What is it?
Ascites can be defined as the accumulation of fluid (usually serous fluid that is a pale yellow and clear liquid) in the abdomen. The treatment of ascites depends on the underlying cause.
Ascites can also manifest as a result of a type of cancer, called malignant ascites. This type of ascites is typically a clear manifestation of advanced cancers in different organs.
Also, there are factors that can affect the flow of circulating blood, and can be perceived as a low by the sensors in the kidneys, since the formation of ascites can deplete the volume of blood. In rare cases, increased blood pressure can cause blood clots in the abdominal region, so it is common for patients with ascites to often say they have noticed an increase in their abdominal perimeter.
Because most cases of ascites are due to liver disease, patients with this condition should be asked about the risk factors for their liver disease. These include the following:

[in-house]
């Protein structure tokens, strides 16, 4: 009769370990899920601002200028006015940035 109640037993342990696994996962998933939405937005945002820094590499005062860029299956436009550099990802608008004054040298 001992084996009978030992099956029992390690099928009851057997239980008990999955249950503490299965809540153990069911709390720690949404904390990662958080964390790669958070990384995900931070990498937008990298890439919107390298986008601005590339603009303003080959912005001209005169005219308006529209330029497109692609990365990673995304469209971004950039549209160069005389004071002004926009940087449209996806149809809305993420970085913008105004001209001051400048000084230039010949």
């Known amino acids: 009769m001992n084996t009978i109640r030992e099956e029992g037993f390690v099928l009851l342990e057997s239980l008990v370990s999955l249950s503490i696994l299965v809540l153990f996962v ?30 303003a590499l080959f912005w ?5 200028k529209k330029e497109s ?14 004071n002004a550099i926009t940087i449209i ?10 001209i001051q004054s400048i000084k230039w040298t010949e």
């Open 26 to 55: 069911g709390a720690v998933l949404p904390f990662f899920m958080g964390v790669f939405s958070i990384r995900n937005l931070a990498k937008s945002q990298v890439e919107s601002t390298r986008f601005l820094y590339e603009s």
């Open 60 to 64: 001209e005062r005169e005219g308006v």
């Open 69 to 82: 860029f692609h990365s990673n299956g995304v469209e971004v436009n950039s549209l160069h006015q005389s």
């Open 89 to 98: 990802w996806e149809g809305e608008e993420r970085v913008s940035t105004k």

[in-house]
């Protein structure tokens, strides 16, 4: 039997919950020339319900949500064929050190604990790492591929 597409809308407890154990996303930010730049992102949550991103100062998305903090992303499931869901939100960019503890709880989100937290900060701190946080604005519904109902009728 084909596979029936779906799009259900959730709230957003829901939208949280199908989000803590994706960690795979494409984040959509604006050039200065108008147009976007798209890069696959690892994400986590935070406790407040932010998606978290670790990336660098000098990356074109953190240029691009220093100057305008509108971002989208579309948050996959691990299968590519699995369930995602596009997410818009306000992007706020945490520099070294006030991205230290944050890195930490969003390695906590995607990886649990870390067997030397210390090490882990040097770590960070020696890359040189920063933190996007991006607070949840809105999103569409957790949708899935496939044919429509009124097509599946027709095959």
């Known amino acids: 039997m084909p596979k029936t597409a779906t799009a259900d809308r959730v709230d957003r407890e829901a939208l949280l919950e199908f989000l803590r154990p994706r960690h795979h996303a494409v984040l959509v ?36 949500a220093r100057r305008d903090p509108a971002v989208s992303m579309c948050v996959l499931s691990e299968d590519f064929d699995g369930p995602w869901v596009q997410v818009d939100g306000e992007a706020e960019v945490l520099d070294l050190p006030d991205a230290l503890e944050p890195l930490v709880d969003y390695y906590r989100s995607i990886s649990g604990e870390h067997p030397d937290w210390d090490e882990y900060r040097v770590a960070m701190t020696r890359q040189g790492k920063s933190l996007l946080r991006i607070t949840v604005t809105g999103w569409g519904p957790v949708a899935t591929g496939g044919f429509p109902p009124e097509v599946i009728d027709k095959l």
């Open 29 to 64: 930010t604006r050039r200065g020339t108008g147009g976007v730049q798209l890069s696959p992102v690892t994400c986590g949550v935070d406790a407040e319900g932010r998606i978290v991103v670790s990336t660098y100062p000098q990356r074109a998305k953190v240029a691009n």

- Excessive alcohol consumption in the long term.
- Chronic viral hepatitis or jaundice.
- Intravenous drug use.
- Multiple sexual partners. Advanced liver disease or cirrhosis.
- Patients with alcoholic liver disease who alternate between heavy drinking and abstinence may experience ascites on a cyclical basis.
When a patient with a very long history of stable cirrhosis develops ascites, the possibility of superimposed hepatocellular carcinoma (CHS) should be considered.
Obesity, hypercholesterolemia and diabetes mellitus type 2 are the causes of non-alcoholic steatohepatitis, which can progress to cirrhosis in a short time.
Patients with a history of cancer, especially gastrointestinal cancer, are at risk for malignant ascites, are related malignancies that are often painful, while cirrhotic ascites is usually painless.
Patients who develop ascites of established diabetes or nephrotic syndrome may have nephrotic ascites.
Principles should be established in the treatment of ascites in patients with diet and prescription diuretics (water pills). Also, establish the restriction of dietary sodium intake. In most cases, this approach needs to be combined with the use of diuretics. Salt restriction alone is generally not an effective way to treat ascites.
Diuretics increase the excretion of water and salt from the kidneys. Furosemide Lasix is recommended for the diuretic regimen. This can be increased gradually to obtain an adequate response at the maximum dose of 400 milligrams. The time the patient can tolerate the medication is in the morning, it is usually recommended to prevent frequent urination during the night.